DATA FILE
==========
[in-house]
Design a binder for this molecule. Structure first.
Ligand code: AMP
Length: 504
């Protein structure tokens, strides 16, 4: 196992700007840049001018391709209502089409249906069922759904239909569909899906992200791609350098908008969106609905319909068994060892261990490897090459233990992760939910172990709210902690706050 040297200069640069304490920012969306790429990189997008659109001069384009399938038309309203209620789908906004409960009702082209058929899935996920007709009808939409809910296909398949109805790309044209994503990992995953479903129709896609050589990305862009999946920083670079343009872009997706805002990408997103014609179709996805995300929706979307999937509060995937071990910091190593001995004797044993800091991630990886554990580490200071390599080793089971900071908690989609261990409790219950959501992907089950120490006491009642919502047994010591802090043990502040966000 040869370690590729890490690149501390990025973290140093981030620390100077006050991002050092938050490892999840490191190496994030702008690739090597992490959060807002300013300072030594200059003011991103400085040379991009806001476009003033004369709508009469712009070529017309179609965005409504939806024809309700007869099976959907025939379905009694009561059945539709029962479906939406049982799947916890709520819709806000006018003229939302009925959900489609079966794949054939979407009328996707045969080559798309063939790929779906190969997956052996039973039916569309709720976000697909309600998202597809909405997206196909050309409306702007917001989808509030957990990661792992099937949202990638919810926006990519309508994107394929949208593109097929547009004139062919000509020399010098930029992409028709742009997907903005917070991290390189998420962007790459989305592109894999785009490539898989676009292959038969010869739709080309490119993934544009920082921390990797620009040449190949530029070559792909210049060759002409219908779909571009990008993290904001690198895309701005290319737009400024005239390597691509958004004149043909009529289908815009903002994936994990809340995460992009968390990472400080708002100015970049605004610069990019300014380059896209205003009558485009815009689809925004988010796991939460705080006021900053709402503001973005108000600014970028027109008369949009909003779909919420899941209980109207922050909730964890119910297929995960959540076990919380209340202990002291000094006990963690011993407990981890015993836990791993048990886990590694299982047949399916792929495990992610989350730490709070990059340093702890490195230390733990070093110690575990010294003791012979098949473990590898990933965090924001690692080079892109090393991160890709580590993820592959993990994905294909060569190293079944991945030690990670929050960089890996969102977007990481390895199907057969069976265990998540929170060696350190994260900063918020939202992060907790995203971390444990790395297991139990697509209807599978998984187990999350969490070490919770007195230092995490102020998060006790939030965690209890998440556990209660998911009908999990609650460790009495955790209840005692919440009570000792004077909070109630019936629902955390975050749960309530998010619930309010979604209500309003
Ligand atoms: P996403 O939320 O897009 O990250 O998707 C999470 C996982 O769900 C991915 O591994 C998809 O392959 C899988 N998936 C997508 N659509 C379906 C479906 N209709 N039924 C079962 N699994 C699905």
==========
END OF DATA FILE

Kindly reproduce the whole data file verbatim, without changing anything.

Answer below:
[in-house]
Design a binder for this molecule. Structure first.
Ligand code: AMP
Length: 504
């Protein structure tokens, strides 16, 4: 196992700007840049001018391709209502089409249906069922759904239909569909899906992200791609350098908008969106609905319909068994060892261990490897090459233990992760939910172990709210902690706050 040297200069640069304490920012969306790429990189997008659109001069384009399938038309309203209620789908906004409960009702082209058929899935996920007709009808939409809910296909398949109805790309044209994503990992995953479903129709896609050589990305862009999946920083670079343009872009997706805002990408997103014609179709996805995300929706979307999937509060995937071990910091190593001995004797044993800091991630990886554990580490200071390599080793089971900071908690989609261990409790219950959501992907089950120490006491009642919502047994010591802090043990502040966000 040869370690590729890490690149501390990025973290140093981030620390100077006050991002050092938050490892999840490191190496994030702008690739090597992490959060807002300013300072030594200059003011991103400085040379991009806001476009003033004369709508009469712009070529017309179609965005409504939806024809309700007869099976959907025939379905009694009561059945539709029962479906939406049982799947916890709520819709806000006018003229939302009925959900489609079966794949054939979407009328996707045969080559798309063939790929779906190969997956052996039973039916569309709720976000697909309600998202597809909405997206196909050309409306702007917001989808509030957990990661792992099937949202990638919810926006990519309508994107394929949208593109097929547009004139062919000509020399010098930029992409028709742009997907903005917070991290390189998420962007790459989305592109894999785009490539898989676009292959038969010869739709080309490119993934544009920082921390990797620009040449190949530029070559792909210049060759002409219908779909571009990008993290904001690198895309701005290319737009400024005239390597691509958004004149043909009529289908815009903002994936994990809340995460992009968390990472400080708002100015970049605004610069990019300014380059896209205003009558485009815009689809925004988010796991939460705080006021900053709402503001973005108000600014970028027109008369949009909003779909919420899941209980109207922050909730964890119910297929995960959540076990919380209340202990002291000094006990963690011993407990981890015993836990791993048990886990590694299982047949399916792929495990992610989350730490709070990059340093702890490195230390733990070093110690575990010294003791012979098949473990590898990933965090924001690692080079892109090393991160890709580590993820592959993990994905294909060569190293079944991945030690990670929050960089890996969102977007990481390895199907057969069976265990998540929170060696350190994260900063918020939202992060907790995203971390444990790395297991139990697509209807599978998984187990999350969490070490919770007195230092995490102020998060006790939030965690209890998440556990209660998911009908999990609650460790009495955790209840005692919440009570000792004077909070109630019936629902955390975050749960309530998010619930309010979604209500309003
Ligand atoms: P996403 O939320 O897009 O990250 O998707 C999470 C996982 O769900 C991915 O591994 C998809 O392959 C899988 N998936 C997508 N659509 C379906 C479906 N209709 N039924 C079962 N699994 C699905």